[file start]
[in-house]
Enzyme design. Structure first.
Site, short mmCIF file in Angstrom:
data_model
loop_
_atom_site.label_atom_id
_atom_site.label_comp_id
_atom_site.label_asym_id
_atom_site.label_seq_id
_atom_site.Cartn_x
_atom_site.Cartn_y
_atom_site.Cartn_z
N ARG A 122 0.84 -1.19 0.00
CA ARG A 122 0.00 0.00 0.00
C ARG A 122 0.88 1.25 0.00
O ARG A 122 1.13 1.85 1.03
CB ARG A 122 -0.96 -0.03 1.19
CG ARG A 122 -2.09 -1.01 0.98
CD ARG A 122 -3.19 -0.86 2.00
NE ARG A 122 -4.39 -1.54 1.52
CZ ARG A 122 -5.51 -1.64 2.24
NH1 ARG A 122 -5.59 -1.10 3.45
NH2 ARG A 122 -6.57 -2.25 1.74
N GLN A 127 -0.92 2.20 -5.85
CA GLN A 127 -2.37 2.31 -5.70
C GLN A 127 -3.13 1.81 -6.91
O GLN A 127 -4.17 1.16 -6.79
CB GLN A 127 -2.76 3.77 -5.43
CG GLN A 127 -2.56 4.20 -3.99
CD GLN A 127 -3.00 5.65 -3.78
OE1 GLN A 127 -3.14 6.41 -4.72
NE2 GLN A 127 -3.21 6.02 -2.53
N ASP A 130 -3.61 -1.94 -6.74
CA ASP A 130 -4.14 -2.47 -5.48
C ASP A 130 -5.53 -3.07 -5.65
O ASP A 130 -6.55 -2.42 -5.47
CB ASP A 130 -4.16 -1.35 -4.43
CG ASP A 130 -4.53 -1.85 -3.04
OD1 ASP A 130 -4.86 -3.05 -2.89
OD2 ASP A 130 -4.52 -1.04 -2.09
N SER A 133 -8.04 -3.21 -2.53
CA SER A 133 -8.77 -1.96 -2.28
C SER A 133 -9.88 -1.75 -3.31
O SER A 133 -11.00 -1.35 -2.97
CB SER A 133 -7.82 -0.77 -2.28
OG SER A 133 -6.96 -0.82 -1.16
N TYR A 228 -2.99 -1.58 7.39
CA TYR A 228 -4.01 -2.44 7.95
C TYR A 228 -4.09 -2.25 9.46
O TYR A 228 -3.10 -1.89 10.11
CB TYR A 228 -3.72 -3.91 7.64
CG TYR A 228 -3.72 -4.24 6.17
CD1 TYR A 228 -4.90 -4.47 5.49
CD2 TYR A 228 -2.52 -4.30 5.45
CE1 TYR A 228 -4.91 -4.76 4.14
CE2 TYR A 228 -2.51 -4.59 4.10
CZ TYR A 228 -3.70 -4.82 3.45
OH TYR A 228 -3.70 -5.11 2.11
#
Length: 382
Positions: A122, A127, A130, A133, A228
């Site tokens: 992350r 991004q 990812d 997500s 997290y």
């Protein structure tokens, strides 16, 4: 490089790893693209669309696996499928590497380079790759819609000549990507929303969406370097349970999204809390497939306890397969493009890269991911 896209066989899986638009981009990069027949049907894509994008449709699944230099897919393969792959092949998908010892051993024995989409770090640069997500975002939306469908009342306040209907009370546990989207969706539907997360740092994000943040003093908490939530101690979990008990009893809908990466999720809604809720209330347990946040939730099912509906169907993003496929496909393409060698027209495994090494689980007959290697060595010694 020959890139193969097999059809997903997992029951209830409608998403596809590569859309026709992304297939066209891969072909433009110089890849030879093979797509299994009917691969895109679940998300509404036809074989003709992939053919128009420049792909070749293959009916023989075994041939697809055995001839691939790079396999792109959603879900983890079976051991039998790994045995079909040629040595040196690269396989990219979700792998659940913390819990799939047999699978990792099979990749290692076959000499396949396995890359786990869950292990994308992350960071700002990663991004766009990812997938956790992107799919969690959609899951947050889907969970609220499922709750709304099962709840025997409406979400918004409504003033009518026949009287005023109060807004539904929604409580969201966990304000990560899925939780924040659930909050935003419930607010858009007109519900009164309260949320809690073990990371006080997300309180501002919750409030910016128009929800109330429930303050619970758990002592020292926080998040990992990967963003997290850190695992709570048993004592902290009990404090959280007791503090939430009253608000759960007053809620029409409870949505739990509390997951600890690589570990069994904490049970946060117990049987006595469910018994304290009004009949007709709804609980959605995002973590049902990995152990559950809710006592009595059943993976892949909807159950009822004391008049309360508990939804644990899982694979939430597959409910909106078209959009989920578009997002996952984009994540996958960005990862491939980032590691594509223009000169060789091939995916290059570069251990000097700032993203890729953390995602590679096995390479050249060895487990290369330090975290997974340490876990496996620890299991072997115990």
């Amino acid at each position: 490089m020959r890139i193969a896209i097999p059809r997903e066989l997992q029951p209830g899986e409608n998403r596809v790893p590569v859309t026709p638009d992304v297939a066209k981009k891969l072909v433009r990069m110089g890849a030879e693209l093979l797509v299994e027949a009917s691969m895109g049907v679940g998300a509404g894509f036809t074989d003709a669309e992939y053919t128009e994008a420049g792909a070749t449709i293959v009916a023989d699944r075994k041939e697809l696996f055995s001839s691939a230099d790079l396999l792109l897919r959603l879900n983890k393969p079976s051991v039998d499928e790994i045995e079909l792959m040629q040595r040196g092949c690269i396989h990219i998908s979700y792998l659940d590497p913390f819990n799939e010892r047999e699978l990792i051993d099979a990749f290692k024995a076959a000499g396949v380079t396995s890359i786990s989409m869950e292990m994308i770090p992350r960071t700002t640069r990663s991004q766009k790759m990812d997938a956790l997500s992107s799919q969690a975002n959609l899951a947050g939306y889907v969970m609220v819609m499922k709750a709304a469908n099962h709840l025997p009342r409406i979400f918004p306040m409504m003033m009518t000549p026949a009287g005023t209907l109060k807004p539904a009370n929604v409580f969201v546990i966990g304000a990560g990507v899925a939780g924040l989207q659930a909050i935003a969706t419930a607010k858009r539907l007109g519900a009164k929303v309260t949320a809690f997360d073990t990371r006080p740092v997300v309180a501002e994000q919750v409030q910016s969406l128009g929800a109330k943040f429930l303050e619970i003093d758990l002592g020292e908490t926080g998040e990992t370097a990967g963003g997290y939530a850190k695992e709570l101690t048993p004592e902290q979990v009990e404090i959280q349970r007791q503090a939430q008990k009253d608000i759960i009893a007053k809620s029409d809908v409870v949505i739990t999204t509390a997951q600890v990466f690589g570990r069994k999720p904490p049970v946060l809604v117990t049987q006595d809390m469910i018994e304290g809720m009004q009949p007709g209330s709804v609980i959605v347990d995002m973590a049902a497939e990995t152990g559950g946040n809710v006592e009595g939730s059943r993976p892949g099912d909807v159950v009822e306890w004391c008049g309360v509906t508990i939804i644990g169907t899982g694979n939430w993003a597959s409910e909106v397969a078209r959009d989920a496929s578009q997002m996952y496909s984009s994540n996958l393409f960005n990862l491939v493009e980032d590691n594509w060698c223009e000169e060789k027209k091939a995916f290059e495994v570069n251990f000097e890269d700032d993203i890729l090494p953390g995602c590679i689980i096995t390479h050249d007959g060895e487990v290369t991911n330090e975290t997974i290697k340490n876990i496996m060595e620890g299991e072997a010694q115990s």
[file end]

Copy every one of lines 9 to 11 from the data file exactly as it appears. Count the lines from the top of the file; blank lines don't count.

_atom_site.label_seq_id
_atom_site.Cartn_x
_atom_site.Cartn_y